Recovering lost memory in Ys: Foliage Ocean in Celceta
We spent five hours on Falcom's definitive reiteration of Ys IV.
The past few weeks have been a joyous one for connoisseurs of the action RPG genre thanks to Torchlight 2 and Borderlands 2. Gamers who don't mind one more name on their action RPG list would do well to consider Ys: Foliage Ocean in Celceta for the PS Vita, a re-imagining of the fourth Ys game.
A brief history lesson: in 1993, Ys creators Falcom left development of the fourth game to Hudson Soft and Tonkin House for reasons unknown. This resulted in two different iterations of Ys IV--one for the PC Engine (Turbografx-16) and one for the SNES in Japan. As this would naturally confuse a lot of people, Falcom has opted to create their own canon version of Ys IV--20 years later. While we don't know why it took them this long to rectify the oversight, it's better late than never.
Players control main character Adol as he explores the huge forest continent of Celceta to try to recover his lost memory. Accompanying him are thief Dulen, tribe warrior Carna, and a host of other Celceta denizens, each with their own skills and story. Players control a party of three characters: you control one person from the group, while the AI handles the duties for the other two.
Switching between party members is a must, as certain enemies can only be damaged by the type of weapons they carry. Fleshy and soft-skin enemies can only be damaged by slash attacks, which Adol has, while heavily-armoured foes can only be hurt by bludgeoning attacks, which Dulen inflicts from his fists of fury.
Switching party members also help in non-combat portions of the game. Dulen can unlock special chests, which contain sweet loot or quest items, through unconventional means, while Carna can use her glaive to cut down hard-to-reach tethers, like spider webs and thick branches.
As with most action-oriented RPGs, the controls appear easy to master. The circle button is to attack enemies, while holding the R button and pushing another face button activates an SP attack. This move requires SP energy (the blue frilly meter on the bottom right), which fills up by attacking and killing foes. Every character has a ton of special moves catered to their fighting style, which and can be upgraded further, provided you use them frequently.
Adol has a dash-slash attack and a quick uppercut slash that knocks lighter foes into the air, while Carna has ailment-afflicting knives (poison, paralyse, the works) and a charge shot that hits multiple foes, at the cost of more meter and a slight delay in the attack. For more oomph against enemies with bigger health bars, you can pull off an ultimate attack by pressing the L button when your ultimate attack meter (the yellow circle, next to the special attack meter) is full.
To avoid attacks, players just need to press the X button to dodge, and the triangle button to do a quick block. The kicker is that dodging at the last possible frame of the attack will trigger flash roll, where time slows down for a few seconds so that players can amass a quick counterattack to punish enemies. Blocking at the last second will not only nullify damage, but also gets you back a good chunk of SP energy to pull off more moves.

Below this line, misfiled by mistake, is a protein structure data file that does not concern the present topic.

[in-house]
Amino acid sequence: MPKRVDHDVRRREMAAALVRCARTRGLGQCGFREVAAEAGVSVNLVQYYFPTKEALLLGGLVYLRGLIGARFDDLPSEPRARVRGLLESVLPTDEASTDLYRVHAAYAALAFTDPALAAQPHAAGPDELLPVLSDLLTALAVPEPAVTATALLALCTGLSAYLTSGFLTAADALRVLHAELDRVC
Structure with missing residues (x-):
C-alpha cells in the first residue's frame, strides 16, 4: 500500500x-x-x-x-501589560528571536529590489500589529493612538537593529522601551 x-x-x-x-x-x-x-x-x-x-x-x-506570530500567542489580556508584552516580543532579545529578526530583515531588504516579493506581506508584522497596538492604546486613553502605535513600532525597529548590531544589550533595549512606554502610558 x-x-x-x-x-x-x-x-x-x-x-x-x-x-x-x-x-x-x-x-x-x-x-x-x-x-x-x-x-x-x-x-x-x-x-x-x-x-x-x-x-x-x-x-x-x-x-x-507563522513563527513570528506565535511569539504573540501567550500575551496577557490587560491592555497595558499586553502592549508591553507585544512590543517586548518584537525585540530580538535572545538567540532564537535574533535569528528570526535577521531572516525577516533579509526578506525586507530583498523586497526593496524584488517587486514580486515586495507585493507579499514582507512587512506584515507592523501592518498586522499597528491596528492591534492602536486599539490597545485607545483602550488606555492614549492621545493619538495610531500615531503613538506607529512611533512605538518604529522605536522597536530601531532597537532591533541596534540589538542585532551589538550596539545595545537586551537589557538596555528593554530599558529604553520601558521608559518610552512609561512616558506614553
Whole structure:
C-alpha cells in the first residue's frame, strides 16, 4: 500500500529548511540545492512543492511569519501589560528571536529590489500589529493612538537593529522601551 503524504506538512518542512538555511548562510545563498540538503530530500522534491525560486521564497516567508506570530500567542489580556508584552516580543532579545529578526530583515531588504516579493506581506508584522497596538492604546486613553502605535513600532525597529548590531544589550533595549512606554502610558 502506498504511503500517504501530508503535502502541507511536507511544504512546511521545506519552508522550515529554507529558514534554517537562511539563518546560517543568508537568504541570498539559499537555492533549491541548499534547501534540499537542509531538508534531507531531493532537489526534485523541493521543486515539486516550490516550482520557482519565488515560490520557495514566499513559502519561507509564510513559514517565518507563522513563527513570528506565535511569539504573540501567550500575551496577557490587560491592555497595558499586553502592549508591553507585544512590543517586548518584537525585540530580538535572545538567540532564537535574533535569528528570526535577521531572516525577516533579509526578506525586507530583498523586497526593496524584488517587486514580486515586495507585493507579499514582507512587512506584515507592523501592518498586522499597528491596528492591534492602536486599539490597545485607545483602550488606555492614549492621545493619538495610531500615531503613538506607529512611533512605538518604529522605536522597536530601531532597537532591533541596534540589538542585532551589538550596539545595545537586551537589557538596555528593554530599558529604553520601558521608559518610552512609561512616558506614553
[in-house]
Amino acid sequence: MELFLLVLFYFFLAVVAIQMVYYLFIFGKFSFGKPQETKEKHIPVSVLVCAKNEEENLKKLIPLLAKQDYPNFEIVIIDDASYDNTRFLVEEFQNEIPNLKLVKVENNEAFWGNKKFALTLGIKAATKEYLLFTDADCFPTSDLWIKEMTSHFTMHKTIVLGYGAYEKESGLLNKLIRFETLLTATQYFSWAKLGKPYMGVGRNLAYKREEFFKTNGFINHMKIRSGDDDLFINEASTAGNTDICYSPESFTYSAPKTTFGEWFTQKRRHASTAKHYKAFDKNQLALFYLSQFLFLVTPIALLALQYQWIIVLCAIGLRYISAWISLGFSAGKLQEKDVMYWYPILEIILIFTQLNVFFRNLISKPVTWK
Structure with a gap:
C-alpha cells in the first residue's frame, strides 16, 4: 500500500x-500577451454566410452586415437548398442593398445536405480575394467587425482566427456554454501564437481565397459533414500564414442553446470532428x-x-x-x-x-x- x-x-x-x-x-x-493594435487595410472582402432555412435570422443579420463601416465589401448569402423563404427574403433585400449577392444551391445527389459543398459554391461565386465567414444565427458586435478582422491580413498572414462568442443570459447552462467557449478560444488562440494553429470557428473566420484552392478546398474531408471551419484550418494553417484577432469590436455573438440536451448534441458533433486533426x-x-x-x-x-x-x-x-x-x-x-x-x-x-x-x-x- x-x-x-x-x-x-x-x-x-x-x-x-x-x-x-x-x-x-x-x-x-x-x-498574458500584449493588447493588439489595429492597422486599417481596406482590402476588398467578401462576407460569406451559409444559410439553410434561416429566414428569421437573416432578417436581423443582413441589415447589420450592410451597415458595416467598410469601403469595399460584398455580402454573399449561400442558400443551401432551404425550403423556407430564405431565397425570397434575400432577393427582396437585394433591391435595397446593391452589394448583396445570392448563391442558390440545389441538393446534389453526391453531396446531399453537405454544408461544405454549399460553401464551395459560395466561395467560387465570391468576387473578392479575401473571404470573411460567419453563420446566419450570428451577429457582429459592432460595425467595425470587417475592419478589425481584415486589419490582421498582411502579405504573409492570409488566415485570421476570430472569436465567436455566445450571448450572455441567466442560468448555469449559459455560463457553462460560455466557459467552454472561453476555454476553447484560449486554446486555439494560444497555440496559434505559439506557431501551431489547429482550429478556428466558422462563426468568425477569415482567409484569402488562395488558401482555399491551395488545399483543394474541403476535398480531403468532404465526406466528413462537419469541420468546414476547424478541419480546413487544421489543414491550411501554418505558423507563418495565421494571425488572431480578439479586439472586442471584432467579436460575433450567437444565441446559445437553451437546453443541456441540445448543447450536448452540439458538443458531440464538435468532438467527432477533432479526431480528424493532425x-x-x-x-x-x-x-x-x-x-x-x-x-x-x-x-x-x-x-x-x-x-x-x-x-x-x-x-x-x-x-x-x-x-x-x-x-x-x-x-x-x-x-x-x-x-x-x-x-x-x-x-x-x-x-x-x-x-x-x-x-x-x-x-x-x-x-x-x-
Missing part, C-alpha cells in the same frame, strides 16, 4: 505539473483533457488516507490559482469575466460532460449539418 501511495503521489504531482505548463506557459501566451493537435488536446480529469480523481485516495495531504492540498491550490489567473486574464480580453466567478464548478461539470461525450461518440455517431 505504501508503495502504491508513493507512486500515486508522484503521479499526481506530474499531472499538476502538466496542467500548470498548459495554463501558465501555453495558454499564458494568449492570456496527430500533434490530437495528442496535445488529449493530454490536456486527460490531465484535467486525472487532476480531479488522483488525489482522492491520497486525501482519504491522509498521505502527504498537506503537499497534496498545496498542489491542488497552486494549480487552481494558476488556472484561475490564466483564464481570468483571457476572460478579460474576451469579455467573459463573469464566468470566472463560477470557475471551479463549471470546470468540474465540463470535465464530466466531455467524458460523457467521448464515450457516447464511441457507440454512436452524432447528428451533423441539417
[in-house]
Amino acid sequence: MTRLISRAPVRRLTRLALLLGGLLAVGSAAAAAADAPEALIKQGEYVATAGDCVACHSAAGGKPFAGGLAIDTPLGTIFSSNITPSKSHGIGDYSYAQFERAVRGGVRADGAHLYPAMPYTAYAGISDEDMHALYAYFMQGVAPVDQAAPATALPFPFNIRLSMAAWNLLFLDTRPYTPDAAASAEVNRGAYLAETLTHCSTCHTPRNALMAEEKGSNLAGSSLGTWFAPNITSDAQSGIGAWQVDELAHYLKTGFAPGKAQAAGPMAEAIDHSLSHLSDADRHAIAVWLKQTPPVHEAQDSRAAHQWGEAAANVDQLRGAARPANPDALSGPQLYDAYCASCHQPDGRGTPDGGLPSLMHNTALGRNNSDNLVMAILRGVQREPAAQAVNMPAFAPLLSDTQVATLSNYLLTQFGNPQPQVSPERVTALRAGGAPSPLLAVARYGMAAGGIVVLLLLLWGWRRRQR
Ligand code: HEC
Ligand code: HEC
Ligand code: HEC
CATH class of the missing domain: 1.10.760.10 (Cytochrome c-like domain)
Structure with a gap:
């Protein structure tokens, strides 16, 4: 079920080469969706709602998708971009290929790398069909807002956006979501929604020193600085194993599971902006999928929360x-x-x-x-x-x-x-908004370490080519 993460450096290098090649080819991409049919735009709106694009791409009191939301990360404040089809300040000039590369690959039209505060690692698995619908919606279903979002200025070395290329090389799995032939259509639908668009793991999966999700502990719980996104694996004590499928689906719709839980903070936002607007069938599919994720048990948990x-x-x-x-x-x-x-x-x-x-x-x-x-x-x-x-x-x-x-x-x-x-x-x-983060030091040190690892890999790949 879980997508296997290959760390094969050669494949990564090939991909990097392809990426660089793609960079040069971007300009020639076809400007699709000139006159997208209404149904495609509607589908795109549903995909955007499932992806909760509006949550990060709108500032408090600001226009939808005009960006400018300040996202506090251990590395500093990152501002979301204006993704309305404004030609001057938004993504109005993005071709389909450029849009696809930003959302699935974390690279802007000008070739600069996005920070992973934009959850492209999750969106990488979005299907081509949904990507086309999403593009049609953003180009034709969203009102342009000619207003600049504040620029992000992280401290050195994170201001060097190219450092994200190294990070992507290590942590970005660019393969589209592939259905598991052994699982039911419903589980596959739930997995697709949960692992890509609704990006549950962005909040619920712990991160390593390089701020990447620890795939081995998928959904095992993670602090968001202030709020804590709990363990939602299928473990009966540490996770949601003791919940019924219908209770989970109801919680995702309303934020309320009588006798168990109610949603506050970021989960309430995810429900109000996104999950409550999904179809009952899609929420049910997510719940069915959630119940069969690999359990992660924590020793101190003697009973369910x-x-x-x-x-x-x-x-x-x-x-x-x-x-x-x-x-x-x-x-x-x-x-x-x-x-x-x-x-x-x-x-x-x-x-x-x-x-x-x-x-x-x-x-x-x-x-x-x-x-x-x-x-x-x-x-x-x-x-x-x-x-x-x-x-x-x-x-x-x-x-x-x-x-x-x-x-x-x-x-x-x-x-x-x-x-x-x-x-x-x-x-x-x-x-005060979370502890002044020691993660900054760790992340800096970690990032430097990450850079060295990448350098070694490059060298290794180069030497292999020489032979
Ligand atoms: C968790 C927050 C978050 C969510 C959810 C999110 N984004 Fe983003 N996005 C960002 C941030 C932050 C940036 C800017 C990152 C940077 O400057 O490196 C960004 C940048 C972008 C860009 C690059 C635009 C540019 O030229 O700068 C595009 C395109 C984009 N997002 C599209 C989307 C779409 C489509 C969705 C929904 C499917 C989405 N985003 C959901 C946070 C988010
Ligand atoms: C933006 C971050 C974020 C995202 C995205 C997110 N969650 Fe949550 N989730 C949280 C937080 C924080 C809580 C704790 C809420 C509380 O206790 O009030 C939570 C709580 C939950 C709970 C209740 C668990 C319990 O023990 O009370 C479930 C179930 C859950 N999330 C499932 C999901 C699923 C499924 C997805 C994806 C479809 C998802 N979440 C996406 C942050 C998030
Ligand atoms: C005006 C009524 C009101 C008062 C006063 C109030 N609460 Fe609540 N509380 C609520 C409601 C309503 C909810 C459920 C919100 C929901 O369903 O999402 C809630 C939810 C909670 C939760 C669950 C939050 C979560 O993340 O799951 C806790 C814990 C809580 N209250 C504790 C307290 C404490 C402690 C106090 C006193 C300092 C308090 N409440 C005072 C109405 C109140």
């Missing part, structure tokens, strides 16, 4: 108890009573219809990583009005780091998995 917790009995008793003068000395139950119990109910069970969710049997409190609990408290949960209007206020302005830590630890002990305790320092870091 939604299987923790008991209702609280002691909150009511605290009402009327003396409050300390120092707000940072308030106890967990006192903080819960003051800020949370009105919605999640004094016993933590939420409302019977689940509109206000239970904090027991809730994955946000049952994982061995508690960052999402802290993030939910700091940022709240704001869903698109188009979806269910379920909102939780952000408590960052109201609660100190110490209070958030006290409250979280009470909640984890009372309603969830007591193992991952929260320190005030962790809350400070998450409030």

Depending on the scenario, these moves help add a lot of strategy in playing style. For example, we went all out with Adol and Dulin, while also playing the range with Carna when fighting things like poison-spitting bugs, stone-chucking gorillas, and leap-frogging mermen.
When we came across the slightly-larger foes like a mutant bull and a giant gorilla pack leader, we had to be a bit defensive. Some bosses, like Glucarius the "Great Squilla of Extermination" require you to do a flash dodge when it attacks so that you can attack its temporarily-exposed weak spot to kill it faster. Unless you like getting steamrolled constantly by its continuous charge attack, we suggest practicing flash dodge and flash block beforehand.
This game being on the Vita, some touchscreen nuances had to be added and thankfully, it all appears to be for the better. Players can access menu and item screens with a touch of the icons at the bottom right of the screen. If the current view is too close to the party characters, you can zoom in and out by dragging both of your fingers inwards or outwards on the touchscreen.
Accessing the full map of the area only requires you to touch the top right map, while scanning the floors is as easy as dragging the touchscreen slider on the right part of the screen. Falcom resisted the temptation to implement touchscreen controls for combat, and instead used it for menus. Frankly, we think it was a good move.
At the end of the day, killing enemies and earning materials to make better loot is the key point of Ys: FOC, and it seemed to deliver on that point well enough during our playthrough. The game's flashy combat appears to have a lot of meat to it, resulting in really frenetic battles with enemy hordes that can be managed with a lot of skill. Boss fights so far have been challenging and require you to make use of the game's new dodging techniques. While the game's canon takes place before the third game, players can get into the story quick without much of Ys' backlog in mind, provided they can read Japanese.
We hope these qualities can justify Xseed Games (who previously localized Ys Seven) to push out a North American-translated version of this reiteration, even if they haven't officially announced any plans to bring it over. In the meantime, fans of action RPGs can check it out from their friendly neighborhood parallel import store.
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